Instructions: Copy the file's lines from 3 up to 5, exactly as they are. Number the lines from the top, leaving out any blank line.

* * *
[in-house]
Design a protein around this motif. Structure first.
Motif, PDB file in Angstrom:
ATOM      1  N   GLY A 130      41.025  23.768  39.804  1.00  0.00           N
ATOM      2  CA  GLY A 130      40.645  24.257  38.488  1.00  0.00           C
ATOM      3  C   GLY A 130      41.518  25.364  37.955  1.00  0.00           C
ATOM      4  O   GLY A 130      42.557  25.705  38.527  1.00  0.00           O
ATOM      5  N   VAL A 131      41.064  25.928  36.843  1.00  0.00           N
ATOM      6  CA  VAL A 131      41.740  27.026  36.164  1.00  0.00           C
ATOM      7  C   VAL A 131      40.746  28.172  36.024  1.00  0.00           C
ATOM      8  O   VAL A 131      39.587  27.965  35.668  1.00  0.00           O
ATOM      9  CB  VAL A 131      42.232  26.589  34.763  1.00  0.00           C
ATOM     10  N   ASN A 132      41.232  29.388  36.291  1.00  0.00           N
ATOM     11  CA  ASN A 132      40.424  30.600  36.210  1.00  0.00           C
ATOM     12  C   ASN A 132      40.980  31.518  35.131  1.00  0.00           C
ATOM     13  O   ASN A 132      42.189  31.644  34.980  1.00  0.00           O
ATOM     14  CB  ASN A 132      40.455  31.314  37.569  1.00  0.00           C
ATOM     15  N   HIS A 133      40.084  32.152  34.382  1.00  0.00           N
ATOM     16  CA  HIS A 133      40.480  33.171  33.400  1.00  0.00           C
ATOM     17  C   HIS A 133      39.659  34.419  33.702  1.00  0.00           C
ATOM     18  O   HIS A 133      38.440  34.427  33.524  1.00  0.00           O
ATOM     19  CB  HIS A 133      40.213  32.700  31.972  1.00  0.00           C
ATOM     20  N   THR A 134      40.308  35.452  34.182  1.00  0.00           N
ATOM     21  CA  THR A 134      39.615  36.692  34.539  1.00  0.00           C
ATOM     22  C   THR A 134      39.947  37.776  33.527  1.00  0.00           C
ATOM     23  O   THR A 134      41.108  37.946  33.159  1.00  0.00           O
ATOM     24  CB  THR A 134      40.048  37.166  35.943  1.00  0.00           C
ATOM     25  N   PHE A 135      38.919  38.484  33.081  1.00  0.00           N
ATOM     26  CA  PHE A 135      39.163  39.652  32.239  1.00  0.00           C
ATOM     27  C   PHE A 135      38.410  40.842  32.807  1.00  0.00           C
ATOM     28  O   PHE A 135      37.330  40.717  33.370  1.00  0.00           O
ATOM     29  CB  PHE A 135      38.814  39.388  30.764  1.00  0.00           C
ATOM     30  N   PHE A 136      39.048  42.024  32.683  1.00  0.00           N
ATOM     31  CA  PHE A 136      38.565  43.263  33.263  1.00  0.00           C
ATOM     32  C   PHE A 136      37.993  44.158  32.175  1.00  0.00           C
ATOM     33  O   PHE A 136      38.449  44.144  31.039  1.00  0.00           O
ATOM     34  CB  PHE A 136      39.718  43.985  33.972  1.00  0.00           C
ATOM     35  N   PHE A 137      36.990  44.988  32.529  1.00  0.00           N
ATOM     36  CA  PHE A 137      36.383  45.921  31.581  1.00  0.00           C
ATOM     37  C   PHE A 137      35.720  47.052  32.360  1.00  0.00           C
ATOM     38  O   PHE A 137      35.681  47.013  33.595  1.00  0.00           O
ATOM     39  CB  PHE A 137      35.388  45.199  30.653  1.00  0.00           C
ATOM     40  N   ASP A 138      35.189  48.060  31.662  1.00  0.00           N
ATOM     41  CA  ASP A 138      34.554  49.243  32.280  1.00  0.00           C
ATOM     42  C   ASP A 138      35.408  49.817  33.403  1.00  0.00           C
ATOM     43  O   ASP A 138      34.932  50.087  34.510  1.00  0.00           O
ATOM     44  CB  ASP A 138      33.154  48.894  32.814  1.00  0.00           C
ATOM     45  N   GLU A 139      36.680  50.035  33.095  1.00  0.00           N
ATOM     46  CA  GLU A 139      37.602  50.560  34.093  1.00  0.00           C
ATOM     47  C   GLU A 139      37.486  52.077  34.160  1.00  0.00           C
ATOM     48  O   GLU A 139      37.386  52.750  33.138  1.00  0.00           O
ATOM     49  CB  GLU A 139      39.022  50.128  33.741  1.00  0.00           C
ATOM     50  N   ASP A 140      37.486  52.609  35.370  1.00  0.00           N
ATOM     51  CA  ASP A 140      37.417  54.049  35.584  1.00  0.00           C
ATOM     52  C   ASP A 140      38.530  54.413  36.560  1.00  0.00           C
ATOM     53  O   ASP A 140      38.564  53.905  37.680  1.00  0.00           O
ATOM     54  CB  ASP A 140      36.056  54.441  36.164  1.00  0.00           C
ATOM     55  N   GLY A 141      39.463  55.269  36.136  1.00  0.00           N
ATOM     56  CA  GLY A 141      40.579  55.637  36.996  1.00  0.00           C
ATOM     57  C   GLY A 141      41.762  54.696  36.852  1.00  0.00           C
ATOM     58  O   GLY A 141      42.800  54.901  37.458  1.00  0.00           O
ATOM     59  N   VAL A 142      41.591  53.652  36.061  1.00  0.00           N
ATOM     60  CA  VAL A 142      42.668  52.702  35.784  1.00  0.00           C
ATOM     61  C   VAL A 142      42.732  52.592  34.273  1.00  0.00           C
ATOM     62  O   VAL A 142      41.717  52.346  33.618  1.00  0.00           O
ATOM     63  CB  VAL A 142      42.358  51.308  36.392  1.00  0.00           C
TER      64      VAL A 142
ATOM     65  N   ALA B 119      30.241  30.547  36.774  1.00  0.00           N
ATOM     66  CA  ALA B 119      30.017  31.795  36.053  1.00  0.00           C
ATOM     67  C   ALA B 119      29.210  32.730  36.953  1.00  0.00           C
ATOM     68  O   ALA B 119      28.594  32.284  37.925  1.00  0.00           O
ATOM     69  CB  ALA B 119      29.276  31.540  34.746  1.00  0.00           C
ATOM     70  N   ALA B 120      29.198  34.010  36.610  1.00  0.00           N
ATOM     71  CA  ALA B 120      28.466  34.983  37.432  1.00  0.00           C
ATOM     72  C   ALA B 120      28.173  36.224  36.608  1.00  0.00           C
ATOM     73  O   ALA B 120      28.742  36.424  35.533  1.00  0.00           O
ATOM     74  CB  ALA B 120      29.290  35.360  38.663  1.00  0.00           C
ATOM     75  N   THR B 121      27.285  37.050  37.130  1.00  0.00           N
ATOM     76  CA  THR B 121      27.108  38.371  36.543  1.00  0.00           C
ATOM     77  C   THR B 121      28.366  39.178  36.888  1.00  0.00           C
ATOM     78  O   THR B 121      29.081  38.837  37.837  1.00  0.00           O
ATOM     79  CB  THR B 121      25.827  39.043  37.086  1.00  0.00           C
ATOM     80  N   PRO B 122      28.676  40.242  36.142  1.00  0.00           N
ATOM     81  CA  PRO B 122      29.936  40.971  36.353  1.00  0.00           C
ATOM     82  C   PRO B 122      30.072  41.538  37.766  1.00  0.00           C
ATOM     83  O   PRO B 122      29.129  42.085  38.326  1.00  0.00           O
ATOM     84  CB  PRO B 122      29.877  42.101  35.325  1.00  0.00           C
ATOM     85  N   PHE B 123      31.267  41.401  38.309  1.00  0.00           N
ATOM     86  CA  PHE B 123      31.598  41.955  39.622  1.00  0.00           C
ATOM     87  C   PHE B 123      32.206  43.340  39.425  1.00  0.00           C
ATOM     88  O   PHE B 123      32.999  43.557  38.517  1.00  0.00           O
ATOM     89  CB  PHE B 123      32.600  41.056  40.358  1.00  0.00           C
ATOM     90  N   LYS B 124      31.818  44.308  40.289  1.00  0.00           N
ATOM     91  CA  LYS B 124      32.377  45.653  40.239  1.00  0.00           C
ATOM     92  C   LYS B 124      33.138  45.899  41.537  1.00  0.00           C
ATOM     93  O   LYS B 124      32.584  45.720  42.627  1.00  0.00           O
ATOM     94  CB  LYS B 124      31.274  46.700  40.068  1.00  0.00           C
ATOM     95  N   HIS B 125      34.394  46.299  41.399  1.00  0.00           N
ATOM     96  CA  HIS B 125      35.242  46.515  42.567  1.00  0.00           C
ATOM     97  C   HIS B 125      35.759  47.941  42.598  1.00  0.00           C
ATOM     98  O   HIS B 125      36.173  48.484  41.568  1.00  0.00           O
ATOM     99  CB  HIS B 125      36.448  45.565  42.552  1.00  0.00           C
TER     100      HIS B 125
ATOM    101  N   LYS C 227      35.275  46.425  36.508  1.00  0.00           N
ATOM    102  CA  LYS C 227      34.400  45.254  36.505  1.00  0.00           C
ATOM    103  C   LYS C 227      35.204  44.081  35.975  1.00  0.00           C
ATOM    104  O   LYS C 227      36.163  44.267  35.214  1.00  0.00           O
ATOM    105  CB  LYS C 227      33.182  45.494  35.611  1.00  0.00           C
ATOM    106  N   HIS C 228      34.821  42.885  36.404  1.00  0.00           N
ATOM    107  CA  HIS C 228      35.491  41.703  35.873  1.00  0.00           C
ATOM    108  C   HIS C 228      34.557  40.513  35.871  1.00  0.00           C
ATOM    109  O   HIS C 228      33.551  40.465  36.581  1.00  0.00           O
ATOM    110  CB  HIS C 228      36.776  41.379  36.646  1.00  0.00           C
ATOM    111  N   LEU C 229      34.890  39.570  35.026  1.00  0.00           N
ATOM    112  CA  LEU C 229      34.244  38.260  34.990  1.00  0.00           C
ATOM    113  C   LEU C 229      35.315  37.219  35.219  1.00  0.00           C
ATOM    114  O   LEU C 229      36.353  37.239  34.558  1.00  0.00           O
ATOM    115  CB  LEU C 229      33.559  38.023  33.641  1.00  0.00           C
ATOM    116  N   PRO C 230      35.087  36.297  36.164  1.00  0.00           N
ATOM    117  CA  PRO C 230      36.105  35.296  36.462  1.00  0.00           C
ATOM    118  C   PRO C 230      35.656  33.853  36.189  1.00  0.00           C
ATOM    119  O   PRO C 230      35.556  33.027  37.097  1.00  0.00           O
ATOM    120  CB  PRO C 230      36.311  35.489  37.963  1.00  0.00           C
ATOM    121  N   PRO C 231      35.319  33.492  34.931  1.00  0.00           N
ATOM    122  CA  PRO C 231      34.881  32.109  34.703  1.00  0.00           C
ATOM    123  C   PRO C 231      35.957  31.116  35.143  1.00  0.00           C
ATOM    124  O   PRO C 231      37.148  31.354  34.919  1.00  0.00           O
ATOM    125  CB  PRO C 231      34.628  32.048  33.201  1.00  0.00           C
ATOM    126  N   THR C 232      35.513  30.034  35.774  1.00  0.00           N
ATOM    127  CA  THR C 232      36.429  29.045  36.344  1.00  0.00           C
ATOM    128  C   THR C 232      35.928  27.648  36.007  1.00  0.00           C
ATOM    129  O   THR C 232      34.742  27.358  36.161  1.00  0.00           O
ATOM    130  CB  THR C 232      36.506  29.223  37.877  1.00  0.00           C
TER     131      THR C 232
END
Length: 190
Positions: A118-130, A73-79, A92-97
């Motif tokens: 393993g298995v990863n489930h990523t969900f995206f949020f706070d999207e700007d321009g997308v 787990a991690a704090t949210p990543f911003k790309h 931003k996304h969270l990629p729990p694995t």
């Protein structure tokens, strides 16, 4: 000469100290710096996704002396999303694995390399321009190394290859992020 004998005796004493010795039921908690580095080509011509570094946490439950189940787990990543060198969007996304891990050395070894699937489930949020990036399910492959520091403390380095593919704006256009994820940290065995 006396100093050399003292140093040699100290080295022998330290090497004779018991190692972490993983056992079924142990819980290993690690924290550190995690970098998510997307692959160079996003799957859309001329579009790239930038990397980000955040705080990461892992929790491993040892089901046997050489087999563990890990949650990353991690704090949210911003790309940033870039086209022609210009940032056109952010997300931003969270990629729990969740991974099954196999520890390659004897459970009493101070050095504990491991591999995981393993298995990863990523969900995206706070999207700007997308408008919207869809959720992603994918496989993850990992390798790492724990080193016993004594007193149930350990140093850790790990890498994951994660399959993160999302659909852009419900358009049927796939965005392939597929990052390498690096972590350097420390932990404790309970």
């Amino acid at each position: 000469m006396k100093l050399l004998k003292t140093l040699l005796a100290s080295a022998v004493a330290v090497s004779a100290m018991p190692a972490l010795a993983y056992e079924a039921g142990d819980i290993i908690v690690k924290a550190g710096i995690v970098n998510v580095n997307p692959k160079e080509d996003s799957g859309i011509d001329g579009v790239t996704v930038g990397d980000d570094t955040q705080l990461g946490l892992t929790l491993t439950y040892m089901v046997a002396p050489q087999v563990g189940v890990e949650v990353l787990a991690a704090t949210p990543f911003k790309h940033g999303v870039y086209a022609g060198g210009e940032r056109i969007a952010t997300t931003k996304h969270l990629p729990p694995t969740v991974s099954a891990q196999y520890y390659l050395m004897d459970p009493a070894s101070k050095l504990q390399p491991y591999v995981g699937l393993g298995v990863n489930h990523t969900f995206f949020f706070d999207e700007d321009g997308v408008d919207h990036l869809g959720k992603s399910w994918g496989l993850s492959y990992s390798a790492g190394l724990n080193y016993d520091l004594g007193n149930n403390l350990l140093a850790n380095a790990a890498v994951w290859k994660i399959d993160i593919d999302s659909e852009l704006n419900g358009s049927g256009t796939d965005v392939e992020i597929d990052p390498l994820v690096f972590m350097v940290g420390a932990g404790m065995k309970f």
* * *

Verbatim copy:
Motif, PDB file in Angstrom:
ATOM      1  N   GLY A 130      41.025  23.768  39.804  1.00  0.00           N
ATOM      2  CA  GLY A 130      40.645  24.257  38.488  1.00  0.00           C